Education looks a lot different than it did a month ago in most parts of the country, with a mass rush to provide distance education to students whose schools suddenly closed because of the coronavirus pandemic. Millions of kids are at home, with their parents or caregivers, doing schoolwork online or on paper instead of in their classrooms.

Yet what is happening may not be as different as it seems. Kids are getting many of the same lessons, and administrators are doing some of the same things in ways that may not make much sense in the current circumstances. That’s the argument made in this post, by Katherine Schultz, a former teacher and elementary principal who is dean and professor at the School of Education at the University of Colorado at Boulder.

Schultz’s work focuses on the research, development, and dissemination of practices that support new and veteran teachers working with marginalized populations in high-poverty areas. Her most recent book, “Distrust and Educational Change,” explores the role of distrust in the failure of educational change and offers concrete recommendations for addressing distrust in classrooms, schools and districts to create spaces that honor human dignity.

By Katherine Schultz

We are all caught up in a time of tremendous turmoil and disruption. One of the many institutions that have been disrupted in unprecedented ways is school. Instead of parents, caregivers and school buses dropping children off at school buildings to be taught in classrooms by their teachers, school is happening at home and online.

In our haste to rethink school for shelter-in-place, I worry that we are opting for taking business as usual online, and in so doing, losing an opportunity for responsive creativity and change. While there has been much discussion of online teaching practices, little attention has been paid to administrators. In a time when many people — especially parents — are seeing teachers’ work in a new light, administrators can also begin to rethink their roles. Rather than focusing on how to monitor teacher practice and outcomes, they can begin to trust teachers.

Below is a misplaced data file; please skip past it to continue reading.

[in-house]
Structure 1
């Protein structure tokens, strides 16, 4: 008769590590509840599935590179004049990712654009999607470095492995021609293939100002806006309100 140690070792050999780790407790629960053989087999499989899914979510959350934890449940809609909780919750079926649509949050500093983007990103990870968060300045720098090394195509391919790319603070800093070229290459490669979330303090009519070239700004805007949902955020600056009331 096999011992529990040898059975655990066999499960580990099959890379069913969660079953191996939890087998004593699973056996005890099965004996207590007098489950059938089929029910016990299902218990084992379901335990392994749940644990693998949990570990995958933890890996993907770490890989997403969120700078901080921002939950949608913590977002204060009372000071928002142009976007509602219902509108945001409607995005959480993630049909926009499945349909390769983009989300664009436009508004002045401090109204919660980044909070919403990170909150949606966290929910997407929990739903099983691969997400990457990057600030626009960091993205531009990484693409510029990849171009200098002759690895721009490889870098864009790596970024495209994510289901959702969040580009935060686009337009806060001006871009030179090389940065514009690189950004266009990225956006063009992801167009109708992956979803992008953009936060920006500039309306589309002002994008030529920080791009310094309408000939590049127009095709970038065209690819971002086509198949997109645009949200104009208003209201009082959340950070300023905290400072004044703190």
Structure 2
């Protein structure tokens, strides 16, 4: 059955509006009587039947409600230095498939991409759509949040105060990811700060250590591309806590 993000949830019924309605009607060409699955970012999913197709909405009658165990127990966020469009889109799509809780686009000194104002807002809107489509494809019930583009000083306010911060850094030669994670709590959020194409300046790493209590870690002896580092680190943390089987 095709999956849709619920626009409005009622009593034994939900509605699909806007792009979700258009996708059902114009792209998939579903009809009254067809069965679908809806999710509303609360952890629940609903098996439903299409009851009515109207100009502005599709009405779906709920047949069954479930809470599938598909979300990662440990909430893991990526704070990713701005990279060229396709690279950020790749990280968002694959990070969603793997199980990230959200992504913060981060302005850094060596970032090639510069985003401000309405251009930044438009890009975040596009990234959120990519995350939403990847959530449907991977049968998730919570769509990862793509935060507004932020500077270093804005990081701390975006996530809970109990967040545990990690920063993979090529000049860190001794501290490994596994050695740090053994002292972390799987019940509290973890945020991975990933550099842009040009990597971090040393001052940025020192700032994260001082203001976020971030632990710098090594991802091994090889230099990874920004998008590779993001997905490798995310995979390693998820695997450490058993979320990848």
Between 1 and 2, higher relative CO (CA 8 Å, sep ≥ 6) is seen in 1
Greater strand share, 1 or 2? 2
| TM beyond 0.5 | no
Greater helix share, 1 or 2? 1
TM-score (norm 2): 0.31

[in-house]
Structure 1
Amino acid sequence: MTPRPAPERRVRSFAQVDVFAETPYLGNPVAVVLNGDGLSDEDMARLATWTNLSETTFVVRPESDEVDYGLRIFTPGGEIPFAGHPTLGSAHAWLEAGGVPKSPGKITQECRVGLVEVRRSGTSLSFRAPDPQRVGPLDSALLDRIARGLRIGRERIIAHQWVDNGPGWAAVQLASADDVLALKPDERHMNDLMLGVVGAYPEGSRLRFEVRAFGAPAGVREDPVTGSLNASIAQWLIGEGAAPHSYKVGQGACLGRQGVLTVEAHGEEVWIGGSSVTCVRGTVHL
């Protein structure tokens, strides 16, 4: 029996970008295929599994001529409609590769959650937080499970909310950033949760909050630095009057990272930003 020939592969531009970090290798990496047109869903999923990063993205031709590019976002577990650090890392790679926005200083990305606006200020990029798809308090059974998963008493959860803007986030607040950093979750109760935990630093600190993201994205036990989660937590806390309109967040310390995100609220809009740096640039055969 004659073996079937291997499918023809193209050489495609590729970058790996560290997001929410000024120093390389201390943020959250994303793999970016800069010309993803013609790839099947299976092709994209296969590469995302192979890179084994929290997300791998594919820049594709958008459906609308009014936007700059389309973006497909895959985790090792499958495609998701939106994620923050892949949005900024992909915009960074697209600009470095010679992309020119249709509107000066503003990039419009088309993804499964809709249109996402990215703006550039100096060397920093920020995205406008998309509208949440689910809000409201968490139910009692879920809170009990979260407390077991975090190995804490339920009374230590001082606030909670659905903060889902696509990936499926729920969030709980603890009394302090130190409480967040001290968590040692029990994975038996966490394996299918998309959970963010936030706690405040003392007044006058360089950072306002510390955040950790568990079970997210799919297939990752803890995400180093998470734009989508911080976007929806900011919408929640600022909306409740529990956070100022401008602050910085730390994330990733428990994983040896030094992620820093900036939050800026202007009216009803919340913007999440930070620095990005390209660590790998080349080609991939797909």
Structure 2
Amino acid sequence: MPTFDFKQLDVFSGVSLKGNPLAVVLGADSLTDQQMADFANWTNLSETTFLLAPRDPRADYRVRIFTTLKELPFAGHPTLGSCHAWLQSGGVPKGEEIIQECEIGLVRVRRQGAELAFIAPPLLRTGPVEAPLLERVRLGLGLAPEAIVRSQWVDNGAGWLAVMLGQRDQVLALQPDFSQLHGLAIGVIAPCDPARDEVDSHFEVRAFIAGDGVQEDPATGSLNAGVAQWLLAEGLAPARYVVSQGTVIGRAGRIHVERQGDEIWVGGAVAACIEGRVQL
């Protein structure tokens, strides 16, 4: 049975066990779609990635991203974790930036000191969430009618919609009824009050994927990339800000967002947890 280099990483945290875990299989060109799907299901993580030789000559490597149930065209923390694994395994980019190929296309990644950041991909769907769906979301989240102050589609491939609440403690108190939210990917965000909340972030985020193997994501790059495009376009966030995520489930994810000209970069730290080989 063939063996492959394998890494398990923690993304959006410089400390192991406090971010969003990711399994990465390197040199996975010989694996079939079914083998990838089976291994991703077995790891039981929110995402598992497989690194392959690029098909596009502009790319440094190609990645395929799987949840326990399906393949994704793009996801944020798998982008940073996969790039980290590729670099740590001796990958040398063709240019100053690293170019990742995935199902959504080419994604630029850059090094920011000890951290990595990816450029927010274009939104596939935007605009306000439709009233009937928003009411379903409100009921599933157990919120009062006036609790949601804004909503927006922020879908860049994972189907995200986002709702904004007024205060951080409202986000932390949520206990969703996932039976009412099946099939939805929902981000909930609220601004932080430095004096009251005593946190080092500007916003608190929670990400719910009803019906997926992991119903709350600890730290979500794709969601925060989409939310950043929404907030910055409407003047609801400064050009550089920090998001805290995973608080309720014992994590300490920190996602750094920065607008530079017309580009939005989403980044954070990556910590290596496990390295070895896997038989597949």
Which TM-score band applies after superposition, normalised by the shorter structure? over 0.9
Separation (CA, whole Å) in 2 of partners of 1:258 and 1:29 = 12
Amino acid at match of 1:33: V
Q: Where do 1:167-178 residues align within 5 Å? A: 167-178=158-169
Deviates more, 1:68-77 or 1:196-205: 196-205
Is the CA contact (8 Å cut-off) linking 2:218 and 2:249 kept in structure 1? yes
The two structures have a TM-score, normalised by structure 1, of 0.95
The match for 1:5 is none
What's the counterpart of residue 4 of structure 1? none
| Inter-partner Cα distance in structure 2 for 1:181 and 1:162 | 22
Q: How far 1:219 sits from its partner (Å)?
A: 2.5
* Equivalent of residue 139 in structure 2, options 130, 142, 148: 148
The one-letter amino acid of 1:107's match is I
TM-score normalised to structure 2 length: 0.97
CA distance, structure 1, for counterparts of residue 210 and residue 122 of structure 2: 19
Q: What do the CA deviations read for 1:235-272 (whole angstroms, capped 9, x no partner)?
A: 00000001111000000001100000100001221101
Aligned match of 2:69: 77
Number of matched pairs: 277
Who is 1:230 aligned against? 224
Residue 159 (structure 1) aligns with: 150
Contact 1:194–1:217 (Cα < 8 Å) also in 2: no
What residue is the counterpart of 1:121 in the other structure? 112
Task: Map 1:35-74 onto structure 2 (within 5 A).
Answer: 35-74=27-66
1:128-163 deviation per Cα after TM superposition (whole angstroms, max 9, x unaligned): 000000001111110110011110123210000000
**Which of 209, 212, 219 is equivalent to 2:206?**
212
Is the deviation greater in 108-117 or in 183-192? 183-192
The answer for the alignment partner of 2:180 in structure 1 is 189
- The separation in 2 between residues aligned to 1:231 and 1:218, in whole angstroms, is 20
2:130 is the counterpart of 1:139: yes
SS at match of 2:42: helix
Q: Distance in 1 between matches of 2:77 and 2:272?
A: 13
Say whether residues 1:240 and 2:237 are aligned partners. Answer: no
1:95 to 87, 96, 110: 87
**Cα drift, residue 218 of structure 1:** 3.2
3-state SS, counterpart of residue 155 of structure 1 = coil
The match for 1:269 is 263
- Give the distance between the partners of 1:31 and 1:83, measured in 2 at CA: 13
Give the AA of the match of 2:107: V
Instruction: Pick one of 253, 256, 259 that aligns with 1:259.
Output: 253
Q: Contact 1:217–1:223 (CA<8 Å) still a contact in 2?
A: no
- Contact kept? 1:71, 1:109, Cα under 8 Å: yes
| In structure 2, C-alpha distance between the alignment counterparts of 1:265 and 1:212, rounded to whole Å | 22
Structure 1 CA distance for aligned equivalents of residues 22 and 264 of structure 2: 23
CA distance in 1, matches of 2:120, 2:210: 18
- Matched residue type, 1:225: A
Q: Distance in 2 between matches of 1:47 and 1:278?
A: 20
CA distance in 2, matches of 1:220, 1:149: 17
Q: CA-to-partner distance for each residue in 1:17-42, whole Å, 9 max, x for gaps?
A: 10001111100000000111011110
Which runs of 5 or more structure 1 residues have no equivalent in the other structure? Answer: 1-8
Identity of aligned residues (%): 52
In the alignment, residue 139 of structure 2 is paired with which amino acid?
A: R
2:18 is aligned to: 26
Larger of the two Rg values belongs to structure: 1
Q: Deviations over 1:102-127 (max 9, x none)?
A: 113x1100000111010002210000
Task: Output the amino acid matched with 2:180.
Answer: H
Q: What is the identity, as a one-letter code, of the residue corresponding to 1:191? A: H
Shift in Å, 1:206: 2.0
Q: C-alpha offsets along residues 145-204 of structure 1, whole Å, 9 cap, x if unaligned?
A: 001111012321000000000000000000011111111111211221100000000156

For the last several weeks of this strange new education world, parents and teachers have prioritized enrichment activities and emotional support. Teachers have focused on creating humanizing materials and online interactions that respond to their students’ needs in the moment. They are teaching what they can, while addressing the life circumstances of their students.

Most administrators want to support teachers and families in any way they can. However, as time passes, they are feeling pressures from state departments of education, school committees, superintendents and even families to hold on to the same standards as before, to ensure that students don’t lose too much learning during this indefinite period of social distancing, and to make sure that teachers are covering the same content as before.

The result is that, in many cases, principals are monitoring their teachers in much the same way they did in their brick-and-mortar schools. They are literally conducting “walk-throughs” in the new virtual classrooms, modeled on practices from the “real” world. In what has become a common practice in many districts in the United States, principals or administrative teams conduct walkthroughs during which they stop by classrooms for about five minutes, observe practices, collect data and travel onto the next classroom.

The idea behind walk-throughs is to collect schoolwide data on a regular basis and/or provide unscheduled feedback to teachers. Walk-throughs are a consequence of the accountability movement, which started out focusing on high-stakes testing but has extended to increased monitoring of teachers.